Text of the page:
The Sunderland Foundation has pledged $1 million to the capital campaign underway to renovate and expand the building that houses the Kelce College of Business (KCOB) at Pittsburg State University, giving the project momentum toward completion.
The Foundation was established in 1945 by Lester T. Sunderland, who served as president of the Ash Grove Cement Company, an Overland Park, Kansas company that dates to 1882. It is now the nation’s fifth largest manufacturer of portland cement, with a network of terminals throughout the Midwest, Texas, and the Western U.S.; its Southeast Kansas plant is located in Chanute.
The Sunderland Foundation has a long history of giving in four primary areas: higher education, health care and hospitals, human services, and arts and culture.
The Sunderland donation is a major milestone in the project’s progress, according to Kathleen Flannery, president and CEO the PSU Foundation and vice president for University Advancement. The campaign is now more than halfway to the goal.
“The Sunderland Foundation previously gave $50,000 to the Bicknell Family Center for the Arts, and in doing so saw what we are able to accomplish here at Pittsburg State to the benefit of our students and our community,” Flannery said. “They want to invest in our future.”
Flannery said she’s hopeful that the university can break ground in 2020, which would require all gifts and pledges be in hand by that time.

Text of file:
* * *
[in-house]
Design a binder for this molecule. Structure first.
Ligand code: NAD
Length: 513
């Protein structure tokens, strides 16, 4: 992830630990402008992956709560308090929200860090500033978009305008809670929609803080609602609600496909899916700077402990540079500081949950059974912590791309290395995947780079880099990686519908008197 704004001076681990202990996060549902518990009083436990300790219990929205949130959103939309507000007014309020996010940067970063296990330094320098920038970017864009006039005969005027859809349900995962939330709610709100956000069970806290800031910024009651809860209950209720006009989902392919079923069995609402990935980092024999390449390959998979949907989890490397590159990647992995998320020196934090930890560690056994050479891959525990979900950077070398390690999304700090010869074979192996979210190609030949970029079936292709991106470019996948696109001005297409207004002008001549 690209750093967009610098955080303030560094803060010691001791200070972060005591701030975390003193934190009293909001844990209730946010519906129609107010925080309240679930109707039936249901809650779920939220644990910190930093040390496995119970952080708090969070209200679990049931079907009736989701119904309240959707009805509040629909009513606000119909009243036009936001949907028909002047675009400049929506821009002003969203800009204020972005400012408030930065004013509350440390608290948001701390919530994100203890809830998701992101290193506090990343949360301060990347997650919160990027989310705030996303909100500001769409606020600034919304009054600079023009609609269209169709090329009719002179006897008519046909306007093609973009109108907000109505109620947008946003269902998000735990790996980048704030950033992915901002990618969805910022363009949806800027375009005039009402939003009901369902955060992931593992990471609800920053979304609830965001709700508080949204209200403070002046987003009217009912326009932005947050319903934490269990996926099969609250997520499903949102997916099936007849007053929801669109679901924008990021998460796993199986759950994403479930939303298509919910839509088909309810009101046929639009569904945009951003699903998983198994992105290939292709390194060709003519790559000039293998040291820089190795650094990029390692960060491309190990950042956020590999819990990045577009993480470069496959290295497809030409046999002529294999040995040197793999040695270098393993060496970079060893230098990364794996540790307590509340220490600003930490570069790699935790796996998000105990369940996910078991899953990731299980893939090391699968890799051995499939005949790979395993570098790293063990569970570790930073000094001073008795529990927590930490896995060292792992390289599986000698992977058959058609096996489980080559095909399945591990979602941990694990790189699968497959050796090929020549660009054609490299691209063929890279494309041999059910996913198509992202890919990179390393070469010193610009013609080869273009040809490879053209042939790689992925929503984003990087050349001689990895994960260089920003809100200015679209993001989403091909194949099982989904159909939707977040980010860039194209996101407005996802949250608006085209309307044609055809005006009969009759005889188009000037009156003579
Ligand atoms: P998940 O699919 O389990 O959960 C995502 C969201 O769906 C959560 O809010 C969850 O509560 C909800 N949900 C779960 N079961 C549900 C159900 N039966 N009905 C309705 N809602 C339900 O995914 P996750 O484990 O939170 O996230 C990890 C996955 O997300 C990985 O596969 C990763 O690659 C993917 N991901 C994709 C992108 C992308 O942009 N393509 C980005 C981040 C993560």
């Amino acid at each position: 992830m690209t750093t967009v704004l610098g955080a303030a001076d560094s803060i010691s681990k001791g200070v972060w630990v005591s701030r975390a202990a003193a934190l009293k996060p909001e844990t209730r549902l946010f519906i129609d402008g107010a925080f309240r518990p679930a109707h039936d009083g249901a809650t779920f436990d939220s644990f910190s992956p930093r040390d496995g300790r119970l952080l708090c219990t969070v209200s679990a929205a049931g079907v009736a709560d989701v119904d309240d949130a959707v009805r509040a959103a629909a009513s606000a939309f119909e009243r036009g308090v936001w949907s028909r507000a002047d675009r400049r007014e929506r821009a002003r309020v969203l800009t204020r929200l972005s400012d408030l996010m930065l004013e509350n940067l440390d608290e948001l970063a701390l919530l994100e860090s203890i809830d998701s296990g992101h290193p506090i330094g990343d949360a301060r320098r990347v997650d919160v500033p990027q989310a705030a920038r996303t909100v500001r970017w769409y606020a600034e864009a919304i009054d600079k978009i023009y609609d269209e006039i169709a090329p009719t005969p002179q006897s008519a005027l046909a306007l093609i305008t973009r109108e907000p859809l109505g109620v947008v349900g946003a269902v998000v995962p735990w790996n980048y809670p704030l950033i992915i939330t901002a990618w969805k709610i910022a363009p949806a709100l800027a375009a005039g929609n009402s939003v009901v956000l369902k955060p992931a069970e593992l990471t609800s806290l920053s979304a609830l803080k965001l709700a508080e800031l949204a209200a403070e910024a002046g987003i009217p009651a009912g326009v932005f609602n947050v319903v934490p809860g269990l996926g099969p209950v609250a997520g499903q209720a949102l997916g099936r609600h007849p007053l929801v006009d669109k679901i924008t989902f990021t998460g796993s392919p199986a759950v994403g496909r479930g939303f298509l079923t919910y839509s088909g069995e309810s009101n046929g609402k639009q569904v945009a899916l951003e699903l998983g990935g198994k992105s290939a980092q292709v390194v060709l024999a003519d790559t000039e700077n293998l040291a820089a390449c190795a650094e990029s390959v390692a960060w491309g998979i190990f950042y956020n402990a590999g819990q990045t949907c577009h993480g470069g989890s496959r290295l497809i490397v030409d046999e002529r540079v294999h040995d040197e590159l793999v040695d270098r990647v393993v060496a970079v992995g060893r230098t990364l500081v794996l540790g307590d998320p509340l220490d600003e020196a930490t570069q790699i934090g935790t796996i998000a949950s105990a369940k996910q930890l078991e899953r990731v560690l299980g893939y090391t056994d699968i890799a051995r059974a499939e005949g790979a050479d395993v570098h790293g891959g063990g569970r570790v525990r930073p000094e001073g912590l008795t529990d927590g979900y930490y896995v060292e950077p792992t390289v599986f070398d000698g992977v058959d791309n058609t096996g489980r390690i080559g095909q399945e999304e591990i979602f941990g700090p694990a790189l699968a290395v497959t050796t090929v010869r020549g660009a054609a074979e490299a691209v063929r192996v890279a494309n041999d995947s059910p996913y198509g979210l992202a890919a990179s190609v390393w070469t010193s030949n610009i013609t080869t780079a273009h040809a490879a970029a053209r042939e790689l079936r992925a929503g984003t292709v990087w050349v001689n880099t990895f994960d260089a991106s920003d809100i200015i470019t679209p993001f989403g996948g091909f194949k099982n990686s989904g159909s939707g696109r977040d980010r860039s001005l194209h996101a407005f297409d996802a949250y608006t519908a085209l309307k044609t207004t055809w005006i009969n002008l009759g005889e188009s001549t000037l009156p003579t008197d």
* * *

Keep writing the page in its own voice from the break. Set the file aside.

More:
KCOB Dean Paul Grimes said the foundation’s contribution to the college will help fund a project that is vital to providing students with business education in a professional environment using state-of-the-art technology and teaching pedagogy.
“The gift will impact many generations of future business Gorillas,” Grimes said. “It is special because the Sunderland Foundation has roots right here in Southeast Kansas and we greatly appreciate regional business leaders reinvesting in our shared future.”
The college has outgrown its home of the past four decades. Originally constructed in 1950 to serve as a laboratory high school, the building was converted for the college’s use in the mid-1970s. Today, it is one of the most heavily utilized buildings on campus.
“We have more than 1,000 business students enrolled each semester,” Grimes said. “These are our future business leaders and business workforce. They’ll be going out into businesses soon and we want them to have been educated in the very best environment possible.”
Accreditation by the Association to Advance Collegiate Schools of Business (AACSB) places the KCOB in the top five percent of business schools in the world. The Kelce College’s MBA has received numerous accolades and rankings over the years, including this year’s No. 4 ranking by The Princeton Review as “Most Family Friendly.”
But a recent space utilization study found that the college needs more spacious and flexible classrooms to accommodate modern teaching pedagogies, seminar rooms for advanced undergraduate and MBA courses — a big draw when it comes to enrollment — team rooms for collaboration and group projects, and offices for graduate assistants, student organization leaders, and visiting executives.
Holly Kent, director of Development for the College of Business, said the KCOB is grateful for the Sunderland pledge in support of the renovation and expansion project.
“The generosity of the Sunderland Foundation, in addition to so many of our other alumni and friends, ensures the Kelce College of Business will continue to educate outstanding leaders in the business world for generations to come,” she said.
For more information, visit https://giveto.